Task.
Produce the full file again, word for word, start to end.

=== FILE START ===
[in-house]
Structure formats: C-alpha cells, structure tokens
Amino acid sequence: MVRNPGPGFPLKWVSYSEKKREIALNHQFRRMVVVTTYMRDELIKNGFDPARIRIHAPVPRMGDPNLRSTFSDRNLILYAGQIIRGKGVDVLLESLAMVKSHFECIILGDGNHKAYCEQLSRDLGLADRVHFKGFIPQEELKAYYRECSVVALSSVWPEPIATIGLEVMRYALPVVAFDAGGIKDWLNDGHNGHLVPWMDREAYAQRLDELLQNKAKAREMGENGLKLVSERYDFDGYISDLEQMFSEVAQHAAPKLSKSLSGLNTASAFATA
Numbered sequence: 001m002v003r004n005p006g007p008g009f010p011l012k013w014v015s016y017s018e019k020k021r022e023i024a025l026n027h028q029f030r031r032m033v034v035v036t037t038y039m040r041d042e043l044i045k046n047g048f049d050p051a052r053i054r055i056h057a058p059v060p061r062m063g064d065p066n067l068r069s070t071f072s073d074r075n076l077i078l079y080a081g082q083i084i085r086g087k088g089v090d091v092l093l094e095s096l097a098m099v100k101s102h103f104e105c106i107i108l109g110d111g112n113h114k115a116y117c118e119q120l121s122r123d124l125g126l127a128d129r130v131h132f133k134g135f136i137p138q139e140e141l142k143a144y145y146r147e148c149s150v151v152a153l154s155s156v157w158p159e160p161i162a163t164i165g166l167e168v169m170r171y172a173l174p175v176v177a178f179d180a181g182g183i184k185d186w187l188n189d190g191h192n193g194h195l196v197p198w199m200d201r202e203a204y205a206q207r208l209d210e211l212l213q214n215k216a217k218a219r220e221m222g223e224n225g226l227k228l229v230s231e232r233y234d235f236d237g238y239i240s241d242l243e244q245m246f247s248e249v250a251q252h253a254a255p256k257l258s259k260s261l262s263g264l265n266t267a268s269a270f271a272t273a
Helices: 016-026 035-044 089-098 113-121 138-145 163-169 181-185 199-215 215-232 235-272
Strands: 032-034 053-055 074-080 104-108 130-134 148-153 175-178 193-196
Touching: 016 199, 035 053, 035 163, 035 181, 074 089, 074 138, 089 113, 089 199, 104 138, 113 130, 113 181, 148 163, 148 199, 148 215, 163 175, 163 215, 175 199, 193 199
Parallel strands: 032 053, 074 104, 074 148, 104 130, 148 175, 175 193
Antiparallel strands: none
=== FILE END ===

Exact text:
[in-house]
Structure formats: C-alpha cells, structure tokens
Amino acid sequence: MVRNPGPGFPLKWVSYSEKKREIALNHQFRRMVVVTTYMRDELIKNGFDPARIRIHAPVPRMGDPNLRSTFSDRNLILYAGQIIRGKGVDVLLESLAMVKSHFECIILGDGNHKAYCEQLSRDLGLADRVHFKGFIPQEELKAYYRECSVVALSSVWPEPIATIGLEVMRYALPVVAFDAGGIKDWLNDGHNGHLVPWMDREAYAQRLDELLQNKAKAREMGENGLKLVSERYDFDGYISDLEQMFSEVAQHAAPKLSKSLSGLNTASAFATA
Numbered sequence: 001m002v003r004n005p006g007p008g009f010p011l012k013w014v015s016y017s018e019k020k021r022e023i024a025l026n027h028q029f030r031r032m033v034v035v036t037t038y039m040r041d042e043l044i045k046n047g048f049d050p051a052r053i054r055i056h057a058p059v060p061r062m063g064d065p066n067l068r069s070t071f072s073d074r075n076l077i078l079y080a081g082q083i084i085r086g087k088g089v090d091v092l093l094e095s096l097a098m099v100k101s102h103f104e105c106i107i108l109g110d111g112n113h114k115a116y117c118e119q120l121s122r123d124l125g126l127a128d129r130v131h132f133k134g135f136i137p138q139e140e141l142k143a144y145y146r147e148c149s150v151v152a153l154s155s156v157w158p159e160p161i162a163t164i165g166l167e168v169m170r171y172a173l174p175v176v177a178f179d180a181g182g183i184k185d186w187l188n189d190g191h192n193g194h195l196v197p198w199m200d201r202e203a204y205a206q207r208l209d210e211l212l213q214n215k216a217k218a219r220e221m222g223e224n225g226l227k228l229v230s231e232r233y234d235f236d237g238y239i240s241d242l243e244q245m246f247s248e249v250a251q252h253a254a255p256k257l258s259k260s261l262s263g264l265n266t267a268s269a270f271a272t273a
Helices: 016-026 035-044 089-098 113-121 138-145 163-169 181-185 199-215 215-232 235-272
Strands: 032-034 053-055 074-080 104-108 130-134 148-153 175-178 193-196
Touching: 016 199, 035 053, 035 163, 035 181, 074 089, 074 138, 089 113, 089 199, 104 138, 113 130, 113 181, 148 163, 148 199, 148 215, 163 175, 163 215, 175 199, 193 199
Parallel strands: 032 053, 074 104, 074 148, 104 130, 148 175, 175 193
Antiparallel strands: none